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Welsh Government urged to roll out baby loss certificate scheme for bereaved parents

07 May 2024 4 minute read
Delyth Jewell MS speaking during FMQs

Emily Price

The Welsh Government has been urged to consider rolling out a scheme similar to the UK Government which provides baby loss certificates for bereaved parents who lose babies before 24 weeks.

Plaid Cymru MS, Delyth Jewell made the call directly to Vaughan Gething, during First Minister’s Questions on Tuesday (May 7).

She says support is desperately needed in Wales for mothers to babies who were “never born”.

The UK Government’s baby loss certificate scheme was launched in February this year.

The voluntary scheme is designed to formally recognise the devastating loss of a baby during pregnancy.

The UK Government said it hopes the scheme will help bereaved parents to feel supported through their grief and recognise their loss, acknowledging their pain and ensuring they feel heard.

The certificates will not be compulsory – it remains the choice of all parents to manage the difficult time of a loss, however they see fit.

However, the scheme does not apply to people living in Wales.

Speaking in the Senedd, Ms Jewell asked whether the Welsh Government has its own plans to roll out a similar scheme as a “memory for parents that their babies existed, and were loved”.


She said: “Baby loss affects far more mothers and fathers than we realise. Families lose their babies at different stages of pregnancy, and not everyone feels able to talk about their grief.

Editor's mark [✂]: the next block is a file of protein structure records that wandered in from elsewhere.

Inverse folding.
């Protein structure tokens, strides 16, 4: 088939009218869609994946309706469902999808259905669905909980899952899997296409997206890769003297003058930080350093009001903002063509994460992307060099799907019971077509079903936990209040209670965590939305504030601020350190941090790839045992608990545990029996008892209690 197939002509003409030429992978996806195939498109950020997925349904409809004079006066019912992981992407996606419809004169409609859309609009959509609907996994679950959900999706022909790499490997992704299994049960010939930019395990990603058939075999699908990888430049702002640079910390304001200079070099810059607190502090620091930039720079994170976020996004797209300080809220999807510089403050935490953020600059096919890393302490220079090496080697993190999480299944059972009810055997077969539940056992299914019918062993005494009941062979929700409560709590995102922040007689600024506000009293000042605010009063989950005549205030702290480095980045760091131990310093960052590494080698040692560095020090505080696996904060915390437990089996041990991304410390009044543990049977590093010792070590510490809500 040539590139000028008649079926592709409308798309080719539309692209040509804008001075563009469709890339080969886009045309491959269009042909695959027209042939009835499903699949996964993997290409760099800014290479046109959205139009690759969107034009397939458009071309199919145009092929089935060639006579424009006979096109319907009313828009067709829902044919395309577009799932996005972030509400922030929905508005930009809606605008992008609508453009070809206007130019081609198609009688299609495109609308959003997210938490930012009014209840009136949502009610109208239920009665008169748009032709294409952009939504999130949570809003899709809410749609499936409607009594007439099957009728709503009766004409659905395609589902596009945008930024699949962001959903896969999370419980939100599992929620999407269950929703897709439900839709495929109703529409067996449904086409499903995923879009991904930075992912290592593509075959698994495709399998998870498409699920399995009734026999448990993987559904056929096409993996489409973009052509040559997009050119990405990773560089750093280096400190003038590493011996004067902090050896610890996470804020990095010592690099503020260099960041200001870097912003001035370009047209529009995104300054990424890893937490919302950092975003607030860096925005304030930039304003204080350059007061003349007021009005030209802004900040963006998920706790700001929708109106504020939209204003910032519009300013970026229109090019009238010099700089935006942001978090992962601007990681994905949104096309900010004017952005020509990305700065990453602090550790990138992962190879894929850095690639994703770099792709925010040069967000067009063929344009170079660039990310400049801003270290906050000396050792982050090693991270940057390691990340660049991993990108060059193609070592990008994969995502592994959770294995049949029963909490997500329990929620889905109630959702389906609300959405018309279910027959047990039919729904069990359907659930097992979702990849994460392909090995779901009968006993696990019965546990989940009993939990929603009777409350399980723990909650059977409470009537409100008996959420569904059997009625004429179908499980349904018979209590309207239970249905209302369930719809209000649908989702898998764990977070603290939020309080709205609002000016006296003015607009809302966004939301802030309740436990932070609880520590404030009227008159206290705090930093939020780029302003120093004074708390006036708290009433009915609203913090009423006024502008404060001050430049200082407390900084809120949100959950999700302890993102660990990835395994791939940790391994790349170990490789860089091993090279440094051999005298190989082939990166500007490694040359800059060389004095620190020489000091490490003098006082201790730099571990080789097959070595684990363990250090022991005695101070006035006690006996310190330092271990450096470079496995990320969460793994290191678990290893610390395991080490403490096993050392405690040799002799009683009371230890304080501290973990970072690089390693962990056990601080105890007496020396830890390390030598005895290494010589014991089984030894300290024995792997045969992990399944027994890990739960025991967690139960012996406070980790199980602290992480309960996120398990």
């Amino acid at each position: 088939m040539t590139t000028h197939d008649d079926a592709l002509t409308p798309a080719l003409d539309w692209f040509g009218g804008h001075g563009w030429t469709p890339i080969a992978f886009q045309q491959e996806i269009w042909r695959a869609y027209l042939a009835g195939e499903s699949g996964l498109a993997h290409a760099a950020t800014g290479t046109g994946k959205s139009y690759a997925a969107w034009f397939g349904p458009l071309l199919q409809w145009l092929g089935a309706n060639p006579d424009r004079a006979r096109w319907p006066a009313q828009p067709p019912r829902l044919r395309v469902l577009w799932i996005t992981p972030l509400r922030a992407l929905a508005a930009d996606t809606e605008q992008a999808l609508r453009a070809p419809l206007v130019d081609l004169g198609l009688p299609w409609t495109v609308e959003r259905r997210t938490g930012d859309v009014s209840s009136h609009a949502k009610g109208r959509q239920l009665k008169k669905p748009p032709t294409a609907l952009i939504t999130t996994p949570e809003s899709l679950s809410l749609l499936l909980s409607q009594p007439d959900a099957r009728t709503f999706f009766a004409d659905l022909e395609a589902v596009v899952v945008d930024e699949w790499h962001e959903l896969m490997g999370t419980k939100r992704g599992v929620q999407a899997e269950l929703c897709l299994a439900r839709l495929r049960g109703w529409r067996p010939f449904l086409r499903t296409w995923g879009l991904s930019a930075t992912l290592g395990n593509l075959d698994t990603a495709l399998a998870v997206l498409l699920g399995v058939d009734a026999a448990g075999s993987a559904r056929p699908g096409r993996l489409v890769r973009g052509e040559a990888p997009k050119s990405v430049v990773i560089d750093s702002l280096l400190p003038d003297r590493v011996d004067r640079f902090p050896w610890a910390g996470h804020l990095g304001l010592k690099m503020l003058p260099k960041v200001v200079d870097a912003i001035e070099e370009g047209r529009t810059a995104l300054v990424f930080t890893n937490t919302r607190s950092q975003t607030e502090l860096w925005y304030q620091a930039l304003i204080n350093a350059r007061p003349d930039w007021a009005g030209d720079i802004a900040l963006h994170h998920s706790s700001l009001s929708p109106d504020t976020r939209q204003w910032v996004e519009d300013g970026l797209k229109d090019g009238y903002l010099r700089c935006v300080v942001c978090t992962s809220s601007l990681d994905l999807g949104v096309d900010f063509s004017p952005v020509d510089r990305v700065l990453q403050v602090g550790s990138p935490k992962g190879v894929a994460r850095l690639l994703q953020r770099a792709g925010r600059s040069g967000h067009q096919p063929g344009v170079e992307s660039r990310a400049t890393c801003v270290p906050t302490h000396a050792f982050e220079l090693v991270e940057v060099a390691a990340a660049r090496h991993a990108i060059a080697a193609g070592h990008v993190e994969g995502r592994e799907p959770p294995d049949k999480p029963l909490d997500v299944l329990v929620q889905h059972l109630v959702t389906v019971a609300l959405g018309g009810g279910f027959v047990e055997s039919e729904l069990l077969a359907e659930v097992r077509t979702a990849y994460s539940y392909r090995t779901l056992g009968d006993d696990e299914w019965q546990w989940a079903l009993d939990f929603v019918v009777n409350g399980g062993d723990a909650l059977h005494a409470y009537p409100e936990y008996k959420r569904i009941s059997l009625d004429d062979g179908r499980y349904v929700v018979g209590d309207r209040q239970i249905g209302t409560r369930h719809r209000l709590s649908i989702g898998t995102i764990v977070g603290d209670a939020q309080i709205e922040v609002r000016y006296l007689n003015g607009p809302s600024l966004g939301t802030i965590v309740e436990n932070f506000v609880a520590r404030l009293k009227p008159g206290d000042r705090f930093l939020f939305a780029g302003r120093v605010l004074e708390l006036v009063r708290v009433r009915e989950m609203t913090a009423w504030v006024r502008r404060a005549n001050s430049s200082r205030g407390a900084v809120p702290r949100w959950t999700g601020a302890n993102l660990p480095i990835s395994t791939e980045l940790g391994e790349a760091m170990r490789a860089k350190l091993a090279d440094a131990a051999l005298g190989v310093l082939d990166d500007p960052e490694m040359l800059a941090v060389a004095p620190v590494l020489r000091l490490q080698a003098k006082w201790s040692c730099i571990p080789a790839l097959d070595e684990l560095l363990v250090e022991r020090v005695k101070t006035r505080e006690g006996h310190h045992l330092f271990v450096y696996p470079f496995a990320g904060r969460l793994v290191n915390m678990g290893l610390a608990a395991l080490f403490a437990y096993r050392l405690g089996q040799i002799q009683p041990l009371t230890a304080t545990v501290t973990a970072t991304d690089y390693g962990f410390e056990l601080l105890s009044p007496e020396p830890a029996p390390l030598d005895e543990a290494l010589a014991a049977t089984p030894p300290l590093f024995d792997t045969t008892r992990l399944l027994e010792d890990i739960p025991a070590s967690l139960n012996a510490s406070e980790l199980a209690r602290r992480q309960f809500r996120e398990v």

“If a baby is lost before 24 weeks, they don’t even have to be registered officially, and that can hinder parents from grieving.

“The UK Government has recently begun a baby loss certificate scheme for parents whose babies leave them before 24 weeks.

“It’s a voluntary certificate – nobody is forced to have it – but it can help parents come to terms with their loss, because support is desperately needed for women who were mothers to babies that were never born.”

The First Minister said he was happy to have conversations with the Cabinet Secretary for Health and the Early Years Minister on whether a similar scheme could be rolled out in Wales.

He said: “If it helps people to be able to acknowledge, and, then, to try and move on with the loss at an early stage, then I’d be very happy for us to think seriously about how we could do that in a consistent way across the country.”

Tory MS, Janet Finch Saunders thanked Ms Jewell for raising the issue and described her own sad experience of delivering her baby at 24 weeks some years ago.

She said: “I went in and came back with nothing, and I do feel that when you’ve carried a baby for 24 weeks, it’s a long time – it’s not far.

“But the good news today is that, as a result of medical advancements, the chances for premature babies to survive have increased dramatically in the last 10 years.

“With this, though, comes additional pressure on the neonatal staffing ratios for the wraparound care that premature babies require.”

Mr Gething responded saying that giving children the best start in life was a “key aspect” he wanted the Welsh Government to focus on.

He said: “It’s why I’ve reiterated the focus on the first 1,000 days in a child’s life, whether that is a premature baby that is born and survives, and how they’re supported or not.

“And, actually, we know there are, not just challenges, but real opportunities in how we better support parents through that phase.”

A Senedd petition was launched earlier this year calling for Welsh families who have experienced baby loss before 24 weeks to be able to obtain a baby loss certificate.

The petition description states: “The UK government have introduced baby loss certificates for families in England who have lost babies prior to 24 weeks. This doesn’t apply to Welsh families. Let’s get this changed.”

It has so far collected enough signatures to be discussed by the Petitions Committee and will remain live until August 2024.

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